Leading from home has undergone a radical transformation. It shifted from a nice-to-have to a must-have, and everything has changed.
Enter the pandemic, and we know that women with children are struggling. According to Harvard Business Review, a whopping one in four women are considering downsizing their careers because of the strains remote work is putting on them.
Guest post by Geraldine Ree. Bio and website below.
Sadly, they are not alone.
Have you ever felt like an outsider looking in on your own organization? If you’re a minority in any sense of the word (such as gender, race, religion, age, education, sexual orientation, kids, or no kids), the voice inside your head at some point says, “No one sees the world the way I see it. My opinion doesn’t belong here.” If the voice persists and gets loud enough, it eventually evolves to say, “I don’t belong here.”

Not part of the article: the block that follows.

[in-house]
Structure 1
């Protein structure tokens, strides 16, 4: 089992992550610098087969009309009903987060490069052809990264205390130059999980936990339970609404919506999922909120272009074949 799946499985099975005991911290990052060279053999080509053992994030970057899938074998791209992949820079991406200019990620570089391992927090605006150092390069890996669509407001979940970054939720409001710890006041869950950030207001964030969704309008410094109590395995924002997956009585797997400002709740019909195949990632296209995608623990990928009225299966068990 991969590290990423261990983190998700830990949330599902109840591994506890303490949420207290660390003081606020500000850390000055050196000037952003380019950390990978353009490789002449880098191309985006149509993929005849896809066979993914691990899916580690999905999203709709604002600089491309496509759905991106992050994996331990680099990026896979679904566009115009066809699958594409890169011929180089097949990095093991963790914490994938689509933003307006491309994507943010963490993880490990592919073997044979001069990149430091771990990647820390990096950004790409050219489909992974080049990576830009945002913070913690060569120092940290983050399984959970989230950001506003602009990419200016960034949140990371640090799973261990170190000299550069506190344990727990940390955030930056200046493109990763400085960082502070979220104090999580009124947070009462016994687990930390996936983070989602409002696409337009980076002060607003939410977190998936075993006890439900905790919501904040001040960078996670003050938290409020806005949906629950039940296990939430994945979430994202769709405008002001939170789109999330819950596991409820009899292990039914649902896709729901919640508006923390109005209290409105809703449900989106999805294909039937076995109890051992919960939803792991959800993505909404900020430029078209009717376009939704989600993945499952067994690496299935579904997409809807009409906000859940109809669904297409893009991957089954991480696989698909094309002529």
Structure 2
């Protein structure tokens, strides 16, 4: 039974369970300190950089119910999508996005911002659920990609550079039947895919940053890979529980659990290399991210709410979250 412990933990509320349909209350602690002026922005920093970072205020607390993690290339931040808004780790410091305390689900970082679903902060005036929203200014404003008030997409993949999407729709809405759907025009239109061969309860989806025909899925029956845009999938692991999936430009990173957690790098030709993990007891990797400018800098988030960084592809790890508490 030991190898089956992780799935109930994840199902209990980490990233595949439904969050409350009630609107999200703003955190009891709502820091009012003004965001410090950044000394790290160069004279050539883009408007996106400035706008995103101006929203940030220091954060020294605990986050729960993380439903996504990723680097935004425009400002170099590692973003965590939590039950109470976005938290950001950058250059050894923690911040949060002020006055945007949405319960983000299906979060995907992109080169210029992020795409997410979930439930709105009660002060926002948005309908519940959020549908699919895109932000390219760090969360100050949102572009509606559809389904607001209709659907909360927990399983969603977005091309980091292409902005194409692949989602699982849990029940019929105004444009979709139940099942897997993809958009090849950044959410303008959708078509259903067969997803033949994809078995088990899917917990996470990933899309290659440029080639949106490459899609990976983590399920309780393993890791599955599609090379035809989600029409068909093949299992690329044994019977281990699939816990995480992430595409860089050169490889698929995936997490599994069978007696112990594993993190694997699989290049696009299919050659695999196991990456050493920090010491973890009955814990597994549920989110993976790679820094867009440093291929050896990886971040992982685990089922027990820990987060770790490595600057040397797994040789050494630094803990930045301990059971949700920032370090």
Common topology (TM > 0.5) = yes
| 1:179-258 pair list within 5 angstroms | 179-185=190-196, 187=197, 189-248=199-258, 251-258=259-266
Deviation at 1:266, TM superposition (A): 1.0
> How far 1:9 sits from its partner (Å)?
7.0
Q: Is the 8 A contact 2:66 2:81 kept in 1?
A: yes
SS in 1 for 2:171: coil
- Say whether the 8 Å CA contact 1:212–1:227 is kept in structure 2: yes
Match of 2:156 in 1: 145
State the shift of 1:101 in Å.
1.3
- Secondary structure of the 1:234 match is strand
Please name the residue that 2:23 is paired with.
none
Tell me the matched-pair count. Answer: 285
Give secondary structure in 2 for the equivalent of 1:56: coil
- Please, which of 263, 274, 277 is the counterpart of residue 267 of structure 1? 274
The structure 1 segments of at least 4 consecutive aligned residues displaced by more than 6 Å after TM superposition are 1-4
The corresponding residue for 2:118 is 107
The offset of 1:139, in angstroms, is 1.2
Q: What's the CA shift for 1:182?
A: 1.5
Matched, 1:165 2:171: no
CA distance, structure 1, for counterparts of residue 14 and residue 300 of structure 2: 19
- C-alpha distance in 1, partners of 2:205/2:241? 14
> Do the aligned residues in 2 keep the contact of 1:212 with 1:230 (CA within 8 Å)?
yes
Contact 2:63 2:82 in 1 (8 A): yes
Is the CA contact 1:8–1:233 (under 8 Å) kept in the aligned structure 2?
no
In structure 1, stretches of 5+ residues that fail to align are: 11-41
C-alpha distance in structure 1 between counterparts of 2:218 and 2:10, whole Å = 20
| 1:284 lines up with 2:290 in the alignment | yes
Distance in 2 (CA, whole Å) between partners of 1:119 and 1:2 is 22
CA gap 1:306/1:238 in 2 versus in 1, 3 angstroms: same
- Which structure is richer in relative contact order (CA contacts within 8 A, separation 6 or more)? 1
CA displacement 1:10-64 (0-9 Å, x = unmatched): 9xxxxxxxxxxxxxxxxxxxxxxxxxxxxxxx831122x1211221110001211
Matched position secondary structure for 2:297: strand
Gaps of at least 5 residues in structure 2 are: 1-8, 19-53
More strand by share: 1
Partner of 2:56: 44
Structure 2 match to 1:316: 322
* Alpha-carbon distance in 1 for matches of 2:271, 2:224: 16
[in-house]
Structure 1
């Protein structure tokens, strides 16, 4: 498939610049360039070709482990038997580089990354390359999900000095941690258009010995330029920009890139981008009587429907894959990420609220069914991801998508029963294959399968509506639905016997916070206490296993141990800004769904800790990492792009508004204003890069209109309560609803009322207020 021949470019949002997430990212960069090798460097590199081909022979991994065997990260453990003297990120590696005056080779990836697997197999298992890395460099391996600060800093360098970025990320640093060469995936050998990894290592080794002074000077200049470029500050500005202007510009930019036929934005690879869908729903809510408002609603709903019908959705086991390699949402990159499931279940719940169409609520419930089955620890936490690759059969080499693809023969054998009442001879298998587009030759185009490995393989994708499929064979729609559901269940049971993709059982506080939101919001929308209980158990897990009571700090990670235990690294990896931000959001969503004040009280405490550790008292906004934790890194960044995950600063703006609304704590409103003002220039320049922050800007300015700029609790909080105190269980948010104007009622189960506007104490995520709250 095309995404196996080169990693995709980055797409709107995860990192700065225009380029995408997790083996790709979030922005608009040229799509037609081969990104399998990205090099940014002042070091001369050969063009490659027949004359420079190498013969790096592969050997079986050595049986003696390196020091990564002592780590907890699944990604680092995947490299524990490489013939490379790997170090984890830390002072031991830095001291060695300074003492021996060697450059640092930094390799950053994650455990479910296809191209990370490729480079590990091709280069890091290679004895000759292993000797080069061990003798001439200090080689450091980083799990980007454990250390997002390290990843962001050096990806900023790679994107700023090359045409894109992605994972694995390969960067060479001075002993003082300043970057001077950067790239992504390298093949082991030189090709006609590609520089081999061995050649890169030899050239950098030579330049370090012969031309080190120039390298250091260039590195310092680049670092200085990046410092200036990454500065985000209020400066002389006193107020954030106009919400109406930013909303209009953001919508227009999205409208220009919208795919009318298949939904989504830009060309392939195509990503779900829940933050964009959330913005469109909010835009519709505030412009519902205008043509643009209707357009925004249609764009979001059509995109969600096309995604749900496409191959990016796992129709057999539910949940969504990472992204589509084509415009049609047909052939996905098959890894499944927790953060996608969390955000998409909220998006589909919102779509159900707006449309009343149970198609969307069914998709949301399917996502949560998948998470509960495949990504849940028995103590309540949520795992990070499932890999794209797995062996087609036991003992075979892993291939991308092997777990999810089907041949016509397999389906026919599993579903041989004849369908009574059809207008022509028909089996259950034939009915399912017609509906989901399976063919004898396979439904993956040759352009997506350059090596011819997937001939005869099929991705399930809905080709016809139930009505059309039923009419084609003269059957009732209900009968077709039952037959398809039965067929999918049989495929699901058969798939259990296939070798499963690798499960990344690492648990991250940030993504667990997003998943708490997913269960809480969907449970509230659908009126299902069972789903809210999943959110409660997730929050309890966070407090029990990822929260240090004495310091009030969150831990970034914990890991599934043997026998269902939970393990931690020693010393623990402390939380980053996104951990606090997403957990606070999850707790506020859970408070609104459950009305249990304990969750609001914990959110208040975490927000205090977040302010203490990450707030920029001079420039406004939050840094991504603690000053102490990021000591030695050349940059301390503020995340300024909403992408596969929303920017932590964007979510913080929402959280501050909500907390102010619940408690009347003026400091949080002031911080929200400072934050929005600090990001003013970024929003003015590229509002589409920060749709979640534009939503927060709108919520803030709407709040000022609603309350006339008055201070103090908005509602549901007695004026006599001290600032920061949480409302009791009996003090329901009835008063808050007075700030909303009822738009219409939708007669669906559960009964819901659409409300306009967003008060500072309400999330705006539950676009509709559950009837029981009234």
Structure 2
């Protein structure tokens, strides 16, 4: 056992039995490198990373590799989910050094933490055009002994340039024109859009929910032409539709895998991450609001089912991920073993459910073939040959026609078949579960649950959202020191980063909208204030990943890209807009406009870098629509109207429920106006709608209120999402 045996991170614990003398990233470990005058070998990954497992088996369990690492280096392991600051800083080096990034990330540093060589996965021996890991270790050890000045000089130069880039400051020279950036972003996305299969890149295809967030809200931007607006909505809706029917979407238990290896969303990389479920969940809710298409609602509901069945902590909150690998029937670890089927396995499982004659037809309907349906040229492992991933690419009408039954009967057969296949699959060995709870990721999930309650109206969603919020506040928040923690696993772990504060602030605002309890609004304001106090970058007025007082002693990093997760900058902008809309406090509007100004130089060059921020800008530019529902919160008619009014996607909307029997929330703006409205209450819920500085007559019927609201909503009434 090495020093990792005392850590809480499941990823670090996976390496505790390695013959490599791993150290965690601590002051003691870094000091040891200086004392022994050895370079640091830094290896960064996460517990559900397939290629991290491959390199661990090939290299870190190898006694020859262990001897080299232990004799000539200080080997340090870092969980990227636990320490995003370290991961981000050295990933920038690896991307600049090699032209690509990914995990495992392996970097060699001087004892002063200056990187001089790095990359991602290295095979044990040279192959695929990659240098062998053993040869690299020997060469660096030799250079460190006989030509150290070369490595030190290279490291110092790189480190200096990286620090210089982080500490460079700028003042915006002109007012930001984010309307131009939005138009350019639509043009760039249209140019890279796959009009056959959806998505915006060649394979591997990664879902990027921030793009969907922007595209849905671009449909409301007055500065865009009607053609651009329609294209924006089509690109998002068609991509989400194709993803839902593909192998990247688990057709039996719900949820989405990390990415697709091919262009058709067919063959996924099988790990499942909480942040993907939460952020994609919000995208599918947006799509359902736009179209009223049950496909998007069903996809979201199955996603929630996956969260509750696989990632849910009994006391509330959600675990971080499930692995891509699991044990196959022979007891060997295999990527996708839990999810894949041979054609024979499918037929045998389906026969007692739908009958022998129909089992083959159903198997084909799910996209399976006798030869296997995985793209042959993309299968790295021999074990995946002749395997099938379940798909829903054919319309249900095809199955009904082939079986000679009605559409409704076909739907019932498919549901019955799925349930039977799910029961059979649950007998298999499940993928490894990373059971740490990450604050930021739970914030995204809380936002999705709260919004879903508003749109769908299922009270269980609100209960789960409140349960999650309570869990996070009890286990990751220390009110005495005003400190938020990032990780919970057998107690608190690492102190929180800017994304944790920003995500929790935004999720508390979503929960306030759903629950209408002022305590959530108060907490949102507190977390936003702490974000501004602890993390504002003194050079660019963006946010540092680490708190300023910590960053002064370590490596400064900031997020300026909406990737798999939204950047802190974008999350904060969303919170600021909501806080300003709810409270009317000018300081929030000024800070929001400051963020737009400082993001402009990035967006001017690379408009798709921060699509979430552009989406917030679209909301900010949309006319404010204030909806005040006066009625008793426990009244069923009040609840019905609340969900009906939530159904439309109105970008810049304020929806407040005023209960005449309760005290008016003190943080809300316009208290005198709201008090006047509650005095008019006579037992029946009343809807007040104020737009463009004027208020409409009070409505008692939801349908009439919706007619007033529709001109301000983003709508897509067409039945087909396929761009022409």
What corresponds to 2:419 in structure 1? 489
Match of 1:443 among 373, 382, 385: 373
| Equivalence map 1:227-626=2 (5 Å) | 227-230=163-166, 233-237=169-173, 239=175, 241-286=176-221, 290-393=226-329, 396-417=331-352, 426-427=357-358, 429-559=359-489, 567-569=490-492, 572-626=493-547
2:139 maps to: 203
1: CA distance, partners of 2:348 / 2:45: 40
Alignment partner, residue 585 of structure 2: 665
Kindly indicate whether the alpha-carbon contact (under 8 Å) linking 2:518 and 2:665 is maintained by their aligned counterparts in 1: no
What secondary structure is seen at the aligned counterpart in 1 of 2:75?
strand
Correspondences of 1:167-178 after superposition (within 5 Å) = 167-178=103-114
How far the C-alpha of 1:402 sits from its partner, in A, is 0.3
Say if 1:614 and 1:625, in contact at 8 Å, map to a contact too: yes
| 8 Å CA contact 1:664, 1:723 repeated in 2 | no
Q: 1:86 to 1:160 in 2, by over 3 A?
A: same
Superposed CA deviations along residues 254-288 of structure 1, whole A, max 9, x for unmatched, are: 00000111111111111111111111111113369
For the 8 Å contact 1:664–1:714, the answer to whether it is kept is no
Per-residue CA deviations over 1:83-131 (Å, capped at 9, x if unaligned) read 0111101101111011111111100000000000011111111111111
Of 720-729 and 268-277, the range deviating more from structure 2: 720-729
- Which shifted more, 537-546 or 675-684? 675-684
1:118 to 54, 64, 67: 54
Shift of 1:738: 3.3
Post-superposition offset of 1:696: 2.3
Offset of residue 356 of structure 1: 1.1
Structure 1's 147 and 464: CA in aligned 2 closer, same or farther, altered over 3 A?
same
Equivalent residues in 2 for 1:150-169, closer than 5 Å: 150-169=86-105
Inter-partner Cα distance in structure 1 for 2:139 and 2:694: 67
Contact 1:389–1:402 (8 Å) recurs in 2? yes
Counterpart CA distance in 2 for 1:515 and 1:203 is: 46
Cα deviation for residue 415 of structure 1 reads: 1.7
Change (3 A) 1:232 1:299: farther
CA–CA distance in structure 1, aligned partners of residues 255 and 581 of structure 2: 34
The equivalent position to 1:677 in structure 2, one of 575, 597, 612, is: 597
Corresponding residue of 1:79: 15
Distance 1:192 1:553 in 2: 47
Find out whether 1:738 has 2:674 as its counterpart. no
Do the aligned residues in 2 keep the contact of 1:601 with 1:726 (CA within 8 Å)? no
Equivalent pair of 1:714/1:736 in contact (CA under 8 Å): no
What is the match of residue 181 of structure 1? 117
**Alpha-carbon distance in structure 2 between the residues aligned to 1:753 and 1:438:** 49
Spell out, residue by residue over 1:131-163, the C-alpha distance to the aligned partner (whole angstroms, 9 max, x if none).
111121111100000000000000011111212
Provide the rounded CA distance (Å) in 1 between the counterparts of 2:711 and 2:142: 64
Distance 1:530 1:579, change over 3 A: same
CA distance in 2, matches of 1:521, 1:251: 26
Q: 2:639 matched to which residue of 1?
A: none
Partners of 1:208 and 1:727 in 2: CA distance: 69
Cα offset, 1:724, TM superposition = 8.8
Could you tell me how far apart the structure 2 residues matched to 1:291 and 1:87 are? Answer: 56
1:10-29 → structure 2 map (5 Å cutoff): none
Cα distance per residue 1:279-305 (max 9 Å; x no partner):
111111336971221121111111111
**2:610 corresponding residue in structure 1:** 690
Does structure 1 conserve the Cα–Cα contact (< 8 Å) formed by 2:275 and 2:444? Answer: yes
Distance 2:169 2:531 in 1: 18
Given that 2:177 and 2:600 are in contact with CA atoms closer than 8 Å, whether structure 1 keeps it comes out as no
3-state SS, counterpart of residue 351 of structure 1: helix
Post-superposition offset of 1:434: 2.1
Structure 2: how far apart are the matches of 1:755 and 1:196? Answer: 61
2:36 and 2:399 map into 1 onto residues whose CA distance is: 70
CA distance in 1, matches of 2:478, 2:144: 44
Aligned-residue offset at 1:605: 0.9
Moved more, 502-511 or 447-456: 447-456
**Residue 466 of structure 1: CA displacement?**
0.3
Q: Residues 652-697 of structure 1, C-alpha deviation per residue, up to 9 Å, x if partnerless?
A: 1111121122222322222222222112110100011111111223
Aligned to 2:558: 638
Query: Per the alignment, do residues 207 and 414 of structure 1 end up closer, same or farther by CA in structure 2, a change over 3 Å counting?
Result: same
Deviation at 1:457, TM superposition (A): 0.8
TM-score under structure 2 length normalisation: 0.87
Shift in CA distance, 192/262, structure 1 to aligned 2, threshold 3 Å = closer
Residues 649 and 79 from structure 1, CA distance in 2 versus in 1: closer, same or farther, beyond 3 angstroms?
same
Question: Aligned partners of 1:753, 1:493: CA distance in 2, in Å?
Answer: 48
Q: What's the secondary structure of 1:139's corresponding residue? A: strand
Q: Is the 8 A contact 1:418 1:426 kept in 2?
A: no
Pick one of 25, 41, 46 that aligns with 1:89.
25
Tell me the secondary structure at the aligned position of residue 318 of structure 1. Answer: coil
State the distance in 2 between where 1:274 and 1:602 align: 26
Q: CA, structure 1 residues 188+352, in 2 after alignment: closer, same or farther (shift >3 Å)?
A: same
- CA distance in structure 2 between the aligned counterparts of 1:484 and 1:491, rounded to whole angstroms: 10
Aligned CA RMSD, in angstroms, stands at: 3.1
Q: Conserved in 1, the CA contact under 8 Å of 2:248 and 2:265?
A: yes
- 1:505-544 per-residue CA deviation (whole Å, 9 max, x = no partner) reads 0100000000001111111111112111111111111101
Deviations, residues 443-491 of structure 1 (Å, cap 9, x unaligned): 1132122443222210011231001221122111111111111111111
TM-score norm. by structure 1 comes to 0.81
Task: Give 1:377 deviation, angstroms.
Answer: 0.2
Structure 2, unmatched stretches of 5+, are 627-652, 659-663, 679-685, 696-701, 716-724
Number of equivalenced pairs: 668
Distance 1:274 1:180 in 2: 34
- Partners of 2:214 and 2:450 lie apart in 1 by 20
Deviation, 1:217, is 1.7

The minority effect occurs when voices are silenced for no reason other than feeling outnumbered. In a virtual world, cameras create new minorities: “My apartment isn’t big enough,” “My eyesight isn’t good enough,” “My kids aren’t quiet enough,” and so on.
The impact of isolation – also referred to as the “silent pandemic” – is profound. The World Health Organization states that isolation is equivalent to smoking 15 cigarettes a day.
Solving communication is critical to combating both physical and mental isolation. Leaders need to find a way in to level the playing field of perspectives and opinions.
There are a few simple things leaders can do to improve each person’s sense of belonging:
- Be consistent. Commit to regular check-ins beyond the weekly or biweekly one-on-one meeting. We cannot solve isolation by throwing a meeting at it.
- Find the right way in. Each one of us has a preferred communication method, time, and place for those casual back-and-forth connections. Whether it’s by text, Slack, Messenger, WhatsApp, or Zoom, do what works best for the other person.The goal of find